Walking down the river, mostly in an effort to get away from everyone else, I noticed one stretch where the only noticeable feature worth considering was a little riffle, way out in the middle of the river, where trout were obviously feeding, snapping up small flies on the surface. Really damned small flies. A solid 70 foot cast at least. I tied on one of the little, teeny, tiny green things, and I gave it a shot. Bang! Just as the fly hit the water. At that distance I could not actually see the fly, way out there on the water, but I could see the take. And so it went. cast after cast, one fish per cast, for hours. It was the Disneyland of fly fishing for me. Stupid fun. We drove home happy and tired.

 Back when we could still fish the Elwha River, I would take a hike up the Whiskey Bend trail in the fall, after Labor day, usually early to mid September. That time of year it can be wet up there at night. And by morning everything seems soaked. But by mid day, and early afternoon, it can be as dry as a parched desert again. There would always be a few people out in the chilly damp dawn, working down the river, nymphing and streamer fishing. Rumors of big Bull trout stealing the rainbow trout off of their hooks circulated. But it was slow. I was waiting for the sun to hit the water, and for the bugs to show. Hiking, reading, watching the bears eating berries, it was never disappointing up there. By late afternoon, when the sun begins to duck past the ridges, up there at Elkhorn Camp, the bugs begin to swarm over the water and the trout come out to play. You can wait all day for that. You won't be disappointed. I usually throw together a simple box of mixed dry flies for stuff like that. I like the old stand by flies, the Adams, B.W.O., the Autumn Sedge and Caddis, P.M.D. etc. The last time I was up there I had a few of those small flies from New Mexico in my box too. The Elwha trout loved them. I forget what color they were.

 Now that we are in a time of really low water out here on the Olympic Peninsula rivers, we need flies that will work mostly on the surface if we are dry line steelhead fishing. One great book about this is "Dry Line Steelhead and other subjects", by Bill McMillan. Here is a pattern that I created a few years ago, inspired by Bill McMillan's Steelhead Caddis. This is a fly that I tie for summer steelhead, and I also use it for sea-run coastal cuttroat trout in freshwater and saltwater. The hook is aGamakatsu T10-6H / size #6 or #8. The Elk hair was from some shed hair, from the Canyon Creek herd on the Hoh River valley one spring. There were bushels of the stuff laying around back then. The dubbing is Arizona Sparkle Nymph / Skip's October Caddis. I will fish this with a dry line and long leader. at least 9 feet long. If I tie it sparsely it will get just beneath the surface. Or I can build up the elk hair wing, and get it to stay on top, sometimeswith a little Gink or other grease. This is a great fly for the October Caddis hatch here in the fall too. What we're after here are gullible wild trout.




Little Stone's Steelhead Caddis

Your Olympic Peninsula Fly Fishing Guide and Instructor

Fly fishing for sea-run Cutthroat from a classic Swampscott Dory.
One angler only. By appointment only.

     I am guiding fly fishers on the Olympic Peninsula beaches, rivers and streams. We walk and wade, fly fishing for sea-run Coastal Cutthroat trout in freshwater and saltwater, and in the rivers for Cutthroat trout and summer steelhead. This is strictly catch and release, traditional fly fishing only. Lunch, snacks, soft beverages, and use of some equipment is included. I also offer personalized and private fly fishing and fly casting instruction for beginners through advanced casters.  I would be happy to help you plan your Olympic Peninsula fly fishing adventure, for all levels of ability. Public presentations, Naturalist Guide, rowboat picnics, tide pool and  river trail day trips. Please call, write or email for booking details. Now booking for April through October and beyond. Please call or write for details.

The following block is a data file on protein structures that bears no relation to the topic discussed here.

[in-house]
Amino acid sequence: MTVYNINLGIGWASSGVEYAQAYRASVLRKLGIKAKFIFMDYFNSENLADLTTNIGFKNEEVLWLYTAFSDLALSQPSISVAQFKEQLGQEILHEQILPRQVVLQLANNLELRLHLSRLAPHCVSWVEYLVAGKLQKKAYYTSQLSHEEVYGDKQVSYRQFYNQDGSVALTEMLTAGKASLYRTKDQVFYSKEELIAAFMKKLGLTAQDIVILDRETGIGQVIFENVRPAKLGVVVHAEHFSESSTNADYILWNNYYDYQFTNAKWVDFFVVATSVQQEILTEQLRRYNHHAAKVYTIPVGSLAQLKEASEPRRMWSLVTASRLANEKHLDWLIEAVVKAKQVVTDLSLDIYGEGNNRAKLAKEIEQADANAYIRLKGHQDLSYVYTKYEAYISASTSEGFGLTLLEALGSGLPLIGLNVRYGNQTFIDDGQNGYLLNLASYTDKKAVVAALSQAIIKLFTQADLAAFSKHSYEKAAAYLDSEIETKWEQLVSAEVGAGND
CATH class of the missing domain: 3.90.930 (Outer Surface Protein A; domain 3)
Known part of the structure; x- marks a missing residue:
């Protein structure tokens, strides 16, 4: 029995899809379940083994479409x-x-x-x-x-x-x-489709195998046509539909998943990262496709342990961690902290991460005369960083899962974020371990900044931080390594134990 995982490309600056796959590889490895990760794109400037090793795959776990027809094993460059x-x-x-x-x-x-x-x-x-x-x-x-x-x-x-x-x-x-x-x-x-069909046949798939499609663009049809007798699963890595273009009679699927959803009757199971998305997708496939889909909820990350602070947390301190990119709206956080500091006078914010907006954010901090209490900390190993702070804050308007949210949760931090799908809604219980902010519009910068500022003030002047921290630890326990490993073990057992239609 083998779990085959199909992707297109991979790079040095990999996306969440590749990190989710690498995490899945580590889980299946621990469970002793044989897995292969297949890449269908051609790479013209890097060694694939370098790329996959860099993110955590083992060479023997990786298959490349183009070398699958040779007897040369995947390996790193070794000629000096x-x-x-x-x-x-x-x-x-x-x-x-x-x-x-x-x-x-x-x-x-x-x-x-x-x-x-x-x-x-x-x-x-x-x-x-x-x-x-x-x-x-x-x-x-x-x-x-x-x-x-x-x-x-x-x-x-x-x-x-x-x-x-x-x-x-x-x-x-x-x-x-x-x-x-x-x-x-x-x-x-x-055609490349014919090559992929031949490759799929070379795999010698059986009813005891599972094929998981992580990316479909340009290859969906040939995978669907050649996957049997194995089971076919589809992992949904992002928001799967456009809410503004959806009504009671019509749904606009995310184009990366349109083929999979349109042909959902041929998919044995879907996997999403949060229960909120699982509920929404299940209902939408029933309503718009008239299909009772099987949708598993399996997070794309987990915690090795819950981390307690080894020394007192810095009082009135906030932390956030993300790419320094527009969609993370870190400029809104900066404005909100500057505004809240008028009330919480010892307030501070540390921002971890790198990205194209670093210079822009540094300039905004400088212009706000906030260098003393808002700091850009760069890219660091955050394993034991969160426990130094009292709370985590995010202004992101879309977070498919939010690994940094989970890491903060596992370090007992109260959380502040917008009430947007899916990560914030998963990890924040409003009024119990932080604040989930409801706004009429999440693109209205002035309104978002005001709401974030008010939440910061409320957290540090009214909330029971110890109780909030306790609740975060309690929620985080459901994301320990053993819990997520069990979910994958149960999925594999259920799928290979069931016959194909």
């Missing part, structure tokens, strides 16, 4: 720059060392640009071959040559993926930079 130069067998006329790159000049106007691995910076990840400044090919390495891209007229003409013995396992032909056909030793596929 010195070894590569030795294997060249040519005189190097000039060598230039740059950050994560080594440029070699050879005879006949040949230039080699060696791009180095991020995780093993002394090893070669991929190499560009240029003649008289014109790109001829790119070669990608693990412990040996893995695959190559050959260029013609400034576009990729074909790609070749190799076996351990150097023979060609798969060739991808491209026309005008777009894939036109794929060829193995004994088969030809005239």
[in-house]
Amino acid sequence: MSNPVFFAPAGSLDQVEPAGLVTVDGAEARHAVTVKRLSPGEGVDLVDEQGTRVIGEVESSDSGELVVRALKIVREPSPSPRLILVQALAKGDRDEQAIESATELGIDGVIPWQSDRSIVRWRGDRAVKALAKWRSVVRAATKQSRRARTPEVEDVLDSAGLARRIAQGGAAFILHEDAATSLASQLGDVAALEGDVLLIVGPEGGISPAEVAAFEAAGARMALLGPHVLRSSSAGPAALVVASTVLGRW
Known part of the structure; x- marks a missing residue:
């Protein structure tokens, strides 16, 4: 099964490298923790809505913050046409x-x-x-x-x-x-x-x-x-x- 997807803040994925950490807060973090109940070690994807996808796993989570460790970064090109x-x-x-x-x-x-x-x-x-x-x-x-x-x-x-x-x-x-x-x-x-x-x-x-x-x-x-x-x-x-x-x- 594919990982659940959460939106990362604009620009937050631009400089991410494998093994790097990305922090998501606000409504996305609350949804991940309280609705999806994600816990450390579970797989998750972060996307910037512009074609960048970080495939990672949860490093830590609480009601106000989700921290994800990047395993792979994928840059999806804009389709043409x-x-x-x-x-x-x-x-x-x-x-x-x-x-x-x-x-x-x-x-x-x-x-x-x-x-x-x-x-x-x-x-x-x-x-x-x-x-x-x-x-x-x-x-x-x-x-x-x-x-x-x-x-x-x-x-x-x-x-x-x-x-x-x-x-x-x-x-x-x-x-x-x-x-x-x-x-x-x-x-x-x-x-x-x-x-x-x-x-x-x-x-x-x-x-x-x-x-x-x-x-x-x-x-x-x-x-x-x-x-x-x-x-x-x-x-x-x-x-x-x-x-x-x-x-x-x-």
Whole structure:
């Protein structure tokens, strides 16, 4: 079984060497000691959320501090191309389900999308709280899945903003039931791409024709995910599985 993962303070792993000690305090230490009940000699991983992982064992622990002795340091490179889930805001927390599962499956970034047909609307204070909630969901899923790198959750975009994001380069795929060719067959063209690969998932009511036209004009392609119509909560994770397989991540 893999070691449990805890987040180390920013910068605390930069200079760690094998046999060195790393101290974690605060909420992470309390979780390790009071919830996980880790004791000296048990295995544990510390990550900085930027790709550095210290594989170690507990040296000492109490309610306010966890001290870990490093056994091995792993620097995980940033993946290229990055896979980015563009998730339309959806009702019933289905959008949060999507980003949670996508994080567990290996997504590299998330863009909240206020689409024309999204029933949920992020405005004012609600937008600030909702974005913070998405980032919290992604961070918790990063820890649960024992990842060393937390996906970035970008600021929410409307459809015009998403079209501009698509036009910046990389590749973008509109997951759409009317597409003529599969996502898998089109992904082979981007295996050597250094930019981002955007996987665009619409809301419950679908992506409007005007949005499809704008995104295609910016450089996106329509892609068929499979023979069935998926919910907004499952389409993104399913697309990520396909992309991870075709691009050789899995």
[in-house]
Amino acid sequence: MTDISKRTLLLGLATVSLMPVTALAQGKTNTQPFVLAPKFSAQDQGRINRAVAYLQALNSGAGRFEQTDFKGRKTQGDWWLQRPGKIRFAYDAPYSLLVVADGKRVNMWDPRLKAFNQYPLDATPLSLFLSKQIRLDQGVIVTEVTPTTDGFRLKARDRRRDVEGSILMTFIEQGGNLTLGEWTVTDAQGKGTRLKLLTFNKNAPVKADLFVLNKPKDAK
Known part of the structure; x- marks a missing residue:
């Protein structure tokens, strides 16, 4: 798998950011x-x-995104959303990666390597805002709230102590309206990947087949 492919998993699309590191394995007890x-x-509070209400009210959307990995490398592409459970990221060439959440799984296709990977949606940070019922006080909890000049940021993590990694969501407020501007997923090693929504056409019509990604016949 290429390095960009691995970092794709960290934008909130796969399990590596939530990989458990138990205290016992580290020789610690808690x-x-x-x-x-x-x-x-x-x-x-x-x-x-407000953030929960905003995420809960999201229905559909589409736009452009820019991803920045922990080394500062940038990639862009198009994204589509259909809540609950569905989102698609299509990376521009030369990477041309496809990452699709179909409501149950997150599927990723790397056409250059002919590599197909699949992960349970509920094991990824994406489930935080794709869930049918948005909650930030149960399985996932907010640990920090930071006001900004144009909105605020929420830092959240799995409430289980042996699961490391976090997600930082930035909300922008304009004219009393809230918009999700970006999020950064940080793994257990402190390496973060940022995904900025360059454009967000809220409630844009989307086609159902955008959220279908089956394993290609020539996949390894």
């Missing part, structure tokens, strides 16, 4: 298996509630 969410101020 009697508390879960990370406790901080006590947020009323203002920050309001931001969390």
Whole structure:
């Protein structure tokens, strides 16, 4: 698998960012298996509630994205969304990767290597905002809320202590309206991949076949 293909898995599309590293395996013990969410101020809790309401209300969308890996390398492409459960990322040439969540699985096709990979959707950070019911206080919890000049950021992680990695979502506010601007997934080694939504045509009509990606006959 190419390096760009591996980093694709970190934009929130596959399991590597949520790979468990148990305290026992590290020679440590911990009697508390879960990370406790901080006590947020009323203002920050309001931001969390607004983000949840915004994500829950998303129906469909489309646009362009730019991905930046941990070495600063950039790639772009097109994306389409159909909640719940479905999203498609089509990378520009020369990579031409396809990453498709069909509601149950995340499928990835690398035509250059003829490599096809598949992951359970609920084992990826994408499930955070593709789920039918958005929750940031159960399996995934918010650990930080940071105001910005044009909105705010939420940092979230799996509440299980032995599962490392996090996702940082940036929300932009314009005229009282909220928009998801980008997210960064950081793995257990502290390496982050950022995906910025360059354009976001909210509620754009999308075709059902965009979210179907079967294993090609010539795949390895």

Bob Triggs
Little Stone Flyfisher
P.O. Box 261
Port Townsend, WA
98368

Licensed Washington State Guide 
Certified Fly Casting Instructor
Trout Unlimited Aquatic Educator Award
W.S.U.Beach Watcher
U.S.C.G First Aid/CPR/BLS/AED/BBP/HIV Certified

Phone: 360-385-9618


Sunday, June 21, 2015

Summer Solstice Hopes



Your Olympic Peninsula fly fishing guide.
Catch & release, fly fishing only!

Summer Solstice hopes.

Walking the Island beach trail.

   When I talk about beach fishing with people who are unfamiliar with the Olympic Peninsula and our saltwater fishing, they always think only of summer. It is hard to convince people that we have year-round fly fishing on these beaches, even in the winter. People have a picture in their minds of sun washed sandy beaches, blue skies, and bluebird weather. And of course we all enjoy the fishing during these typically fair and sunny summer days. Especially with a light onshore breeze coming down from the northwest most of the time. Our air conditioning provided by the cooling influence of the Pacific Ocean waters. The weather gets calmer now, and we rarely see any significant winds or stormy waves. Brisk mornings, Warm, dry sunny days, cooling evenings. It will usually be like this right through September. 


Releasing a wild sea-run Cutthroat trout.

   We have had an unexpectedly mild June here this year. With only a few blasts of wind, and very little rain. This is hardly the "June-u-ary" weather that we have grown to expect and to endure annually here. No one is complaining. With the solstice here today, and the summer conditions we are already enjoying, it's full-on summer here now. The beaches are in beautiful shape now. And with the new moon on the 16th, and the waxing first quarter moon approaching, the tides are running good and cold here this coming week. Looks like the afternoons and evenings will be really nice for flooding tides. By the end of the month the tide ranges will be deeper and stronger with the full  moon approaching. You can't beat fishing into twilight this time of year, on a rising tide, and a full moon.